We were driving home from dinner at Raju and Sangini's last night, and talking in the car about things we did as kids that were half-baked, projects we started into with all the confidence of kids that have no idea of what it actually takes to make something, then realize they can't really do what they wanted. Once in fourth grade or so, me and Robert Grundman designed an underground lair we were going to dig in the woods behind my house, with rooms and furniture and passageways, and actually started to dig it. After about three hours of sweaty, leaf- and dirt-filled labor, we had nothing but sore arms, a hole about four feet deep and were hitting rocks and roots and realized there was no way we were going to be able to do it.
Another time I went into our wood shop in the basement and started to make a new kind of musical instrument. I was probably about 12. My idea was a V-shaped intersection of two boards around a hinge, with strings made out of fishing line attached to nails on both boards, and when you brought the boards closer together or pulled them farther apart it would change the pitch of the strings. I actually made the thing, but of course bringing the boards closer together just made for slack strings, and there was only so far apart you could pull the two halves of the V so there was really no variation in pitch at all. I was sorely disappointed, I should've been able to just sail in and make the thing, instead of realizing I had no idea what I was doing.
This morning I had a dream where there was a radio talk show about Compendium, put on in a cafe in Philadelphia skyscraper by Chuck and Beth. It was the last day of the show -- low listenership -- and none of the content was actually about Compendium. They had run out of ideas for it. In the dream, I realized that Compendium was now "over." I had a sad feeling of loss, mourning that we had come to the end without ever quite fulfilling the promise. Someone in the dream (not Chuck or Beth) told me, though, that there would be something else, to begin again with something new. (There was a semi-sexual aspect to that last interchange, but describing that will not fit into the family nature of this blog).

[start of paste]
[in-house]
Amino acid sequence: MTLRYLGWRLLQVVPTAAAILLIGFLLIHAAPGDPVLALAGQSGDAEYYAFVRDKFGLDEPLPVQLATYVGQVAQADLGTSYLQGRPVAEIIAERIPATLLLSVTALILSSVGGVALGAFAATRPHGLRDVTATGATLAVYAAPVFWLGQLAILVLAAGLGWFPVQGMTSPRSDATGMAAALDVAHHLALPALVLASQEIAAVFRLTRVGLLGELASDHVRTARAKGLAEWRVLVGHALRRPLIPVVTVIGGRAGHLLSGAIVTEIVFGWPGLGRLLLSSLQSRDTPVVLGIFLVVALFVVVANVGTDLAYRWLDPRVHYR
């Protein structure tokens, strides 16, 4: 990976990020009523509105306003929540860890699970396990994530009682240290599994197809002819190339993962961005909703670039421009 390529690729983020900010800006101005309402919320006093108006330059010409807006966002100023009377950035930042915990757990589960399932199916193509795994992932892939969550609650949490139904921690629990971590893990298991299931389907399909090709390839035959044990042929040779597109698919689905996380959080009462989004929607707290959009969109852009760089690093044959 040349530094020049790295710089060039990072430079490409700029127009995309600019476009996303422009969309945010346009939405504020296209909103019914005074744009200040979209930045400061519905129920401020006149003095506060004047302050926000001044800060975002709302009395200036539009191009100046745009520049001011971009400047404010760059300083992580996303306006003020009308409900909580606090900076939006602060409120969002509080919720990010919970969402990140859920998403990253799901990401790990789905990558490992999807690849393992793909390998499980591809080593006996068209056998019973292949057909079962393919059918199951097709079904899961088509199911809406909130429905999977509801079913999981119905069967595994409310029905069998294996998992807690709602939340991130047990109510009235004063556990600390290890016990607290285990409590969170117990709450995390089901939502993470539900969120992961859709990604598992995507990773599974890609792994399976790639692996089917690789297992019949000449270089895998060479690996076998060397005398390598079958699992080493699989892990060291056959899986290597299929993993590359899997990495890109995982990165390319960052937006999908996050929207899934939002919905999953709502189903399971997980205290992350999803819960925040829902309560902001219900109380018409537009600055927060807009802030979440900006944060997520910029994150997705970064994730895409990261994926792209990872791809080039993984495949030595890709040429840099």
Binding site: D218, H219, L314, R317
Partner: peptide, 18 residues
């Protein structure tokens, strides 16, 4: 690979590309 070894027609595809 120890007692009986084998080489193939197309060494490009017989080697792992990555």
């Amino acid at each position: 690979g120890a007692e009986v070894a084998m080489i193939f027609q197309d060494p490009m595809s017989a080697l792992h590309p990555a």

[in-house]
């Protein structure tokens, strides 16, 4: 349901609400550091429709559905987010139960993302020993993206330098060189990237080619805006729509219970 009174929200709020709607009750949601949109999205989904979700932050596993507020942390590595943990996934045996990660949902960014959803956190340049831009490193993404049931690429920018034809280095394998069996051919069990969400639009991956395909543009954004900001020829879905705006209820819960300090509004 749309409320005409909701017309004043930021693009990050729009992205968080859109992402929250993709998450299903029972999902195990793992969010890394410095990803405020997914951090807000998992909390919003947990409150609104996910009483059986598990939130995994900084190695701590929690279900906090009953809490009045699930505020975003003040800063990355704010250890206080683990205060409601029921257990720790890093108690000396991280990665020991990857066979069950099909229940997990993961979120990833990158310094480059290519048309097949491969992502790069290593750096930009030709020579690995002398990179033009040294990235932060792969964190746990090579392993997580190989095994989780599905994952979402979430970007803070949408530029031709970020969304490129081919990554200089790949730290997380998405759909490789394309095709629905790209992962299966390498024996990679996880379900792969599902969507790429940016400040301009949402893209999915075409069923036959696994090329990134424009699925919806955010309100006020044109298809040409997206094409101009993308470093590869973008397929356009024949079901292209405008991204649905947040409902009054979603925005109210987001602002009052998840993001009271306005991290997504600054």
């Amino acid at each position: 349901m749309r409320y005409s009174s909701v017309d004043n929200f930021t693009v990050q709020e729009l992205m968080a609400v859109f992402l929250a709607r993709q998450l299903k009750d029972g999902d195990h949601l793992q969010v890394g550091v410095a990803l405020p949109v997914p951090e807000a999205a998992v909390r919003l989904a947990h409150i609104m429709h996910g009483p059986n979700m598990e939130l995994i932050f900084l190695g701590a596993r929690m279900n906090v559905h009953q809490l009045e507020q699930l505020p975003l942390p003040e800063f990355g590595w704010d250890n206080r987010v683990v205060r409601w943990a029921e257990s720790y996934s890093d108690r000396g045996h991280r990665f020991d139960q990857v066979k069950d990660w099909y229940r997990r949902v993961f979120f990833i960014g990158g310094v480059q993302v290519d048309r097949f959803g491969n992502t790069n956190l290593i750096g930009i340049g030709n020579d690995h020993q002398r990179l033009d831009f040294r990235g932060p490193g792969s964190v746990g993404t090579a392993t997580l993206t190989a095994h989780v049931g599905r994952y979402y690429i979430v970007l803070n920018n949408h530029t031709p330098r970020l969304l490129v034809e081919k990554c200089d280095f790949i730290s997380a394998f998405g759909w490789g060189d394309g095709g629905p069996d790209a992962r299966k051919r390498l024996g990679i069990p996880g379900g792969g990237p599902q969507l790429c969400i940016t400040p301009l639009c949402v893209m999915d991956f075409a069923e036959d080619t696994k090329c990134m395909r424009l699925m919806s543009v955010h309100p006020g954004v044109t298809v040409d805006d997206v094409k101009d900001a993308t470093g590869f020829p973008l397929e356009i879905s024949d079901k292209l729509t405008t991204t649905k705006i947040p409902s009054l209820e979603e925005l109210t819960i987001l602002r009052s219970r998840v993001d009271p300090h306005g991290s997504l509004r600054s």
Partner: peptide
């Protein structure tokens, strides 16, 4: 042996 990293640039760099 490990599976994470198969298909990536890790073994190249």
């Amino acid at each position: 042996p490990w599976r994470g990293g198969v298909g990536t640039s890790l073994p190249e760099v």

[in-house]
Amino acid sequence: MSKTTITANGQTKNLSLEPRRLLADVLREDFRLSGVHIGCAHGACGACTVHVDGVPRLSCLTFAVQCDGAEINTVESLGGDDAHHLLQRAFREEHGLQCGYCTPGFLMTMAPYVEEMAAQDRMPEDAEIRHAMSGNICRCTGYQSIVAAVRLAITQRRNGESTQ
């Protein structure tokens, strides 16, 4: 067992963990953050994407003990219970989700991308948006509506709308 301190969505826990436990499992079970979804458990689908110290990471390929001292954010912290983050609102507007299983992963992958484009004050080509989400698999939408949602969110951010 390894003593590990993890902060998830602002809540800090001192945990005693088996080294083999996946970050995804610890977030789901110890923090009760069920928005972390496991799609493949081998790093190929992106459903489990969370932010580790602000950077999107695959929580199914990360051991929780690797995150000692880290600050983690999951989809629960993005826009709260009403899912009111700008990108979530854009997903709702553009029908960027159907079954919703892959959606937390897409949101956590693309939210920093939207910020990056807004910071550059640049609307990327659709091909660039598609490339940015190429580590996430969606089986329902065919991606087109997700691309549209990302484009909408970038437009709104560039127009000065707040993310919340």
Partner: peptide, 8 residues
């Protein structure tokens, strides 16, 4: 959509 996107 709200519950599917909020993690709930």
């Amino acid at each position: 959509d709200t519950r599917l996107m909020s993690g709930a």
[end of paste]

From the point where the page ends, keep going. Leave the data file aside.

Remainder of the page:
Both of the above, the memories and the dream, said something to me about this journey I have been on for the last 14 years. On the one hand, unlike my musical instrument, Compendium is something that I was successfully able to make. It is not finished or perfected, but there is a solid core of practicality and usefulness there, as well as good implementation and a tool that not only does what we intended but that people are taking in new directions. Of course I did not make it all by myself, and knowing the many levels of deep collaboration and co-creativity that have gone into it with my good friends over the years is one of the great pleasures of my life. But it really was like the instrument in another way. I went into the "shop" with nothing more than a vague idea of what I wanted to produce. In the early years that was mostly my dining room table and conversations with Maarten in the car on our commutes to the office. There were a lot of nails crookedly pounded into scraps of wood. But ultimately the thing worked and still does.
On the other hand, there is still that unfinishedness, and despite all we are able to do with the tool now, I still have the feeling that this has been just the first attempt. It goes very far along the path but not, in some ways, far enough. There is something there that doesn't quite cohere, some aspect of the basic approach that ultimately doesn't hang together. I have actually had this feeling since at least 1999 and have tried to talk about it at times, like at our first Compendium gathering at NASA Ames. Like other things that I have written about here, I don't put this forward in our more public writings about Compendium; you have to be upbeat and positive there (why would someone take the trouble to install and learn software that ultimately doesn't fulfill its stated objective)? It is possible that the "next step" will not occur to me, and of course we are still playing out the many threads started and suggested by the work over the last decade.
Driving home from LaGuardia the other night, I heard an interview of Bill Frisell, the guitarist, on WFUV-FM. One thing he said that I loved was that as a musician you are never finished, there is always some level you want to get to that you are never quite at. For him to say that after all his achievements made me feel that what I tried to write about above is OK, that just because Compendium in its current form is not perfected doesn't mean that we, or I, have failed. Feeling like there is another level to reach might just be the nature of the beast.